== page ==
They argue that because Trump is more likely to push the boundaries of the law, the Senate should place extra weight on Gorsuch’s judicial independence.

Gorsuch stirred Democratic ire after he privately called Trump’s criticism of a judge that ruled against his temporary travel ban targeting seven Muslim-majority countries “disheartening” but declined to speak out publicly.

“There are real questions about the kind of justice that Neil Gorsuch would be, and he needs to answer them openly and honestly, not with the kind of dodges and misrepresentations we have heard from other Trump nominees,” Sen. Patrick Leahy (D-Vt.), a member of the Judiciary Committee, said on Monday.

Sen. Richard Blumenthal (D-Conn.) sent a letter to the Heritage Foundation and the Federalist Society asking them to hand over any documents related to helping the administration vet Trump’s list of nearly two dozen potential Supreme Court nominees.

Blumenthal was expected to hold a press conference on Tuesday raising “serious concerns” about Gorsuch’s “partisan background,” but the presser was canceled ahead of a snowstorm. The press conference could be rescheduled for later this week, a spokeswoman said.

The Supreme Court seat has been vacant since February 2016, when Justice Antonin Scalia died. Republicans refused to give Judge Merrick Garland, President Obama’s nominee, a hearing or a vote, arguing that the vacancy shouldn’t be filled during a presidential election year.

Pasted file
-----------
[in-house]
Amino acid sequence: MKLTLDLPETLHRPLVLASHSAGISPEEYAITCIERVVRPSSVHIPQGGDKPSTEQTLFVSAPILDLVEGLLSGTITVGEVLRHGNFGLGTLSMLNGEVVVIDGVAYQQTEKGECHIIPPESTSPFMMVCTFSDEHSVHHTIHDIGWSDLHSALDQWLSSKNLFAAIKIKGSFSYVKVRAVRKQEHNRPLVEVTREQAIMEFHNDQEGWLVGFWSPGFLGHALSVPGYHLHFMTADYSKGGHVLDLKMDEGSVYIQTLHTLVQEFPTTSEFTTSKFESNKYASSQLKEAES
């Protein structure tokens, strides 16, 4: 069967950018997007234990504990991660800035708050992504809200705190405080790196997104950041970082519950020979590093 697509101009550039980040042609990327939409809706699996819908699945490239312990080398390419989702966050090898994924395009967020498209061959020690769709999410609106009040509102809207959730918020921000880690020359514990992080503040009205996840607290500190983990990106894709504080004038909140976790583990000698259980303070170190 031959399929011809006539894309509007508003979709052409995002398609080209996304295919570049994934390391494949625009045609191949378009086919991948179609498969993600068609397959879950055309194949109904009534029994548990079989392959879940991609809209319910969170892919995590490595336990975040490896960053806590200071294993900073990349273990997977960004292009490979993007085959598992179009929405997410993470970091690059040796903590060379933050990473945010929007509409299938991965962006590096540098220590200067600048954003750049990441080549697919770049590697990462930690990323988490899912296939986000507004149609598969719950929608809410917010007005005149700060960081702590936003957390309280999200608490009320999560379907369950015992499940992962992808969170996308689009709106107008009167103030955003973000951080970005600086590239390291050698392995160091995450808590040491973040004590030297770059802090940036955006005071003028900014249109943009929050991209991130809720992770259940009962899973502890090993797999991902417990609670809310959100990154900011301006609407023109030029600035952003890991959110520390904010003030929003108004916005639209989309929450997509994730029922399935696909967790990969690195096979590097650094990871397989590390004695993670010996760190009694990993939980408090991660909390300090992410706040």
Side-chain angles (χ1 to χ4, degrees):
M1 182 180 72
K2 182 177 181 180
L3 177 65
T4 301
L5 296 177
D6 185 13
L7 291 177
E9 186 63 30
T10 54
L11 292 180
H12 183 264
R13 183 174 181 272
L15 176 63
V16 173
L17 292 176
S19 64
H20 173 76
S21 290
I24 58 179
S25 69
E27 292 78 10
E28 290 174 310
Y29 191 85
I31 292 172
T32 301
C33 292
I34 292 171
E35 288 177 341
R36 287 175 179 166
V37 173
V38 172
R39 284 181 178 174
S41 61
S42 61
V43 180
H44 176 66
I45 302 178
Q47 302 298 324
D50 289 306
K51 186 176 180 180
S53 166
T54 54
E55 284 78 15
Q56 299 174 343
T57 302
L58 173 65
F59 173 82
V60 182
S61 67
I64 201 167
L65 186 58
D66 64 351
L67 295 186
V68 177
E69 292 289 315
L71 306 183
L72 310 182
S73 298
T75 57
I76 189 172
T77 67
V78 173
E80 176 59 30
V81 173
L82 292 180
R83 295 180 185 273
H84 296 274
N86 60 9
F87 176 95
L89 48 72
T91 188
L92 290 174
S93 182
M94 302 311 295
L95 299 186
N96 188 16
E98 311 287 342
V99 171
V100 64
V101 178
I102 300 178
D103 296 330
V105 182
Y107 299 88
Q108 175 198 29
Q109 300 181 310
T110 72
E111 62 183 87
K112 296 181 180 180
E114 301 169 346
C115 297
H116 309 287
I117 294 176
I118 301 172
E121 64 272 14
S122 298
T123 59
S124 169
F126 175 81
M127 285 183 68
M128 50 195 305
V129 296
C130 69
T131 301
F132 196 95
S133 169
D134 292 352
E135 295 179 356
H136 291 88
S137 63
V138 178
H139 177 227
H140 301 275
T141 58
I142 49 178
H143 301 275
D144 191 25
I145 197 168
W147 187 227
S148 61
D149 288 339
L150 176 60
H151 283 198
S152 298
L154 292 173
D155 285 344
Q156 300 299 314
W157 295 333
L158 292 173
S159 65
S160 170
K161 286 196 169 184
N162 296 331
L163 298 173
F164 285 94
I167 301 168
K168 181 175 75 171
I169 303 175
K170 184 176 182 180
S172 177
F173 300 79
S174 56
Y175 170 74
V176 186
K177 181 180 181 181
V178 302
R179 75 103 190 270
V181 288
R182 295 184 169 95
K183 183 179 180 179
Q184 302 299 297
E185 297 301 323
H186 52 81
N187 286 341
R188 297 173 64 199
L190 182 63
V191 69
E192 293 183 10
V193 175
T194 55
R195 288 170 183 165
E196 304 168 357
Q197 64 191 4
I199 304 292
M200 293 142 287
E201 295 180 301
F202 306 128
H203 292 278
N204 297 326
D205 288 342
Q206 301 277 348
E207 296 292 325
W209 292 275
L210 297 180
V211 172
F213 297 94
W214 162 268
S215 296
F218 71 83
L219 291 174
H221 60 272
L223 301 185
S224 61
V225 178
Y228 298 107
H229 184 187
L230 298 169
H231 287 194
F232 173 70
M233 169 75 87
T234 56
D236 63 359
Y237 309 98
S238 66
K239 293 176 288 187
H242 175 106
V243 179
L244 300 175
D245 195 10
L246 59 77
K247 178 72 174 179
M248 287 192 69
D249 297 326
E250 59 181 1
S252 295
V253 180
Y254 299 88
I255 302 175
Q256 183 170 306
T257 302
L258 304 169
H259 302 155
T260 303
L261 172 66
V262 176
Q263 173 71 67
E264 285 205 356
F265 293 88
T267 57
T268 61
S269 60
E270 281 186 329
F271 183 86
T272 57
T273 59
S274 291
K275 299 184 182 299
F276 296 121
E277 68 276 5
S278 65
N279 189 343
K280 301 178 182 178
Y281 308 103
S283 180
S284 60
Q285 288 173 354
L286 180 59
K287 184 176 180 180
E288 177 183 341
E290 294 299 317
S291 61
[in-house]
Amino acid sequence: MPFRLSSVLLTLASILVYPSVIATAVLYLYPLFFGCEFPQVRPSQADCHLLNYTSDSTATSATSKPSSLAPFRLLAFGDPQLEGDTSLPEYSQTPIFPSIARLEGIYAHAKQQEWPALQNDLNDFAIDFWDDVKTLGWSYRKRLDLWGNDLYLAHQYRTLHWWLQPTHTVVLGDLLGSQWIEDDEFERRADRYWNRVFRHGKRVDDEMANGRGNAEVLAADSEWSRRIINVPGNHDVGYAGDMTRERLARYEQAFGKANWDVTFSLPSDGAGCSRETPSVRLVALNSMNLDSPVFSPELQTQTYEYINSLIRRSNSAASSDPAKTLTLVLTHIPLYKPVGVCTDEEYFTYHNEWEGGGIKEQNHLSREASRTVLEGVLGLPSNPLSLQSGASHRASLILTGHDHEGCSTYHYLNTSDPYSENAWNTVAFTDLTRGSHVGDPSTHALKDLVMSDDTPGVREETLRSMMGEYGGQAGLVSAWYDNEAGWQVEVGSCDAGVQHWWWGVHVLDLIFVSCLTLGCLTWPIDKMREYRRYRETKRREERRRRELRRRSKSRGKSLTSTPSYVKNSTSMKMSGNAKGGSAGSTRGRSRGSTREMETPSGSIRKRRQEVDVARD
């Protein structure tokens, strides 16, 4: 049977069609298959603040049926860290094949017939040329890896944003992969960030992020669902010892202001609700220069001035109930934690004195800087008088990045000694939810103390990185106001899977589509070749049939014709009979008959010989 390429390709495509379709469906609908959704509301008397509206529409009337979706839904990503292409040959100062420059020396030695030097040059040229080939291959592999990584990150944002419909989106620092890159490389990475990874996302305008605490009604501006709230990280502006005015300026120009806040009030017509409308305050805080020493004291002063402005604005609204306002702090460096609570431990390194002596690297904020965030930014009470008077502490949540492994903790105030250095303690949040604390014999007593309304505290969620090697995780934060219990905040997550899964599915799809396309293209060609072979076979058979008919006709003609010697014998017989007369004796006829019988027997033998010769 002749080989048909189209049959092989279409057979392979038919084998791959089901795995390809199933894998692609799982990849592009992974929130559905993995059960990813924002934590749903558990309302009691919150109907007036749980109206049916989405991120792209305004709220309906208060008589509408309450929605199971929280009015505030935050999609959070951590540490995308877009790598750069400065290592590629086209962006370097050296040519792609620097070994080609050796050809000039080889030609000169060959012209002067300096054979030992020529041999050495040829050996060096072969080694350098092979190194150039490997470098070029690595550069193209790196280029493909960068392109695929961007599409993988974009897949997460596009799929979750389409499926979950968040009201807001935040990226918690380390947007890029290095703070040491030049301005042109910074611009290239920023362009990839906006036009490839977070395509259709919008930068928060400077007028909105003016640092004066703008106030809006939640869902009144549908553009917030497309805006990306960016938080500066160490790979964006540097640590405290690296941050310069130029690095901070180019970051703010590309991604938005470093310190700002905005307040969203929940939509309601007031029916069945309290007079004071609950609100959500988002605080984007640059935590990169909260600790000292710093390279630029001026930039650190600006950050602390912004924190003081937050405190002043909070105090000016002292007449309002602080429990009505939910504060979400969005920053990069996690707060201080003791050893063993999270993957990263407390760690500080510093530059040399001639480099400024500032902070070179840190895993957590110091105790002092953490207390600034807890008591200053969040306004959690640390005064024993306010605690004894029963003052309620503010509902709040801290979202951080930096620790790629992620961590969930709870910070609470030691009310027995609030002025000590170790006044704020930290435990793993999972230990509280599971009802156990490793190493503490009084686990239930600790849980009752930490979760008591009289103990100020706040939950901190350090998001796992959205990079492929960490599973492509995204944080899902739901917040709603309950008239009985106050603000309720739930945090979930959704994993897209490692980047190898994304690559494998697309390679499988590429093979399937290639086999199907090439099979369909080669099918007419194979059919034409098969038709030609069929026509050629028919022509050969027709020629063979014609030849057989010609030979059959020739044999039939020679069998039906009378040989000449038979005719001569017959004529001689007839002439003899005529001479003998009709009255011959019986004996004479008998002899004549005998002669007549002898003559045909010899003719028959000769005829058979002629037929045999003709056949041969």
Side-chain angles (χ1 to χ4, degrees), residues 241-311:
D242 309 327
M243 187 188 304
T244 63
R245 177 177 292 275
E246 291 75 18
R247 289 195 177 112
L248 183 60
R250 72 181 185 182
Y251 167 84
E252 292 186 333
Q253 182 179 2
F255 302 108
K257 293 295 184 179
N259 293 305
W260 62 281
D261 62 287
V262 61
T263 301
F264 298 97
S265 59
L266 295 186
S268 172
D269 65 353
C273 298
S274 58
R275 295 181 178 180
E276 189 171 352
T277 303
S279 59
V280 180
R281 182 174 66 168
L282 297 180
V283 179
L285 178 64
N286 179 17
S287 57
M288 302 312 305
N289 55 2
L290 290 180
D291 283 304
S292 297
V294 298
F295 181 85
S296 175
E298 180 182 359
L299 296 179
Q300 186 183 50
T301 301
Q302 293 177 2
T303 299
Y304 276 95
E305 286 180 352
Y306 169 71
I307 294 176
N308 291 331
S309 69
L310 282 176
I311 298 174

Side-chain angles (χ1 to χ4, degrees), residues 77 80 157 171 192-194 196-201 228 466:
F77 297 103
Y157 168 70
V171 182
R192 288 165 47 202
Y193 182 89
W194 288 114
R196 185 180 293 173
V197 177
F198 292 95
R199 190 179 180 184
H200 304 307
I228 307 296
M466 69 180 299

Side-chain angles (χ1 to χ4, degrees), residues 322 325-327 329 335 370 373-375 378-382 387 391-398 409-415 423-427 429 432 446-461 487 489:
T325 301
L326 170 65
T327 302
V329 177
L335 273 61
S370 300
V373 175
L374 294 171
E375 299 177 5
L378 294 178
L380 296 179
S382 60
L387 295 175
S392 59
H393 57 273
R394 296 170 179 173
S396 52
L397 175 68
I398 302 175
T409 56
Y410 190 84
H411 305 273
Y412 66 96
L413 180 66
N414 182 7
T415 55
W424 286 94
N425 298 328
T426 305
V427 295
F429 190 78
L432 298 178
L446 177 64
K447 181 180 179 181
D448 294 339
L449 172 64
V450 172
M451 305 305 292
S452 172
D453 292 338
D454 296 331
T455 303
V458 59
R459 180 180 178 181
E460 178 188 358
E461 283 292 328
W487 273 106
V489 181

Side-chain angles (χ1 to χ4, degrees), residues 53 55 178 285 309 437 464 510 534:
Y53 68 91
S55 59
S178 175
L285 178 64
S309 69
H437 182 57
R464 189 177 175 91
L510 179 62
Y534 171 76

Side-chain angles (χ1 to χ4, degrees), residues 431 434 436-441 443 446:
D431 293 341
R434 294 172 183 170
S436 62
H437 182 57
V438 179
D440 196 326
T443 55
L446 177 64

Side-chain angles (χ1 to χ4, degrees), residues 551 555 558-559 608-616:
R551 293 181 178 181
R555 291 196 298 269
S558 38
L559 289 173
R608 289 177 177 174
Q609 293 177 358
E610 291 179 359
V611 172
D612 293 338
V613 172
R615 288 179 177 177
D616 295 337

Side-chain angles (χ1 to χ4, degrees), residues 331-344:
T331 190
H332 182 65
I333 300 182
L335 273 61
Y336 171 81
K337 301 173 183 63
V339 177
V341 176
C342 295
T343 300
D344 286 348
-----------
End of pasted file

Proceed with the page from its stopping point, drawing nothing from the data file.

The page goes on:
Republicans want to hold a confirmation vote on Gorsuch by early April, before the Senate leaves for a two-week spring recess.

“If Senate leadership rushes through confirmation of Gorsuch in the next few weeks, after holding the position open for more than a year, it will cast the same shadow of illegitimacy that now lies over the White House over the Supreme Court,” People for the American Way, a liberal outside group, said in a memo Monday.

Sen. Sheldon Whitehouse (D-R.I.) and outside groups are also taking aim at Gorsuch’s stance on campaign finances — a key issue for progressives who want the Supreme Court to overturn the 2010 Citizens United case that removed limits on what corporations can donate to political action committees.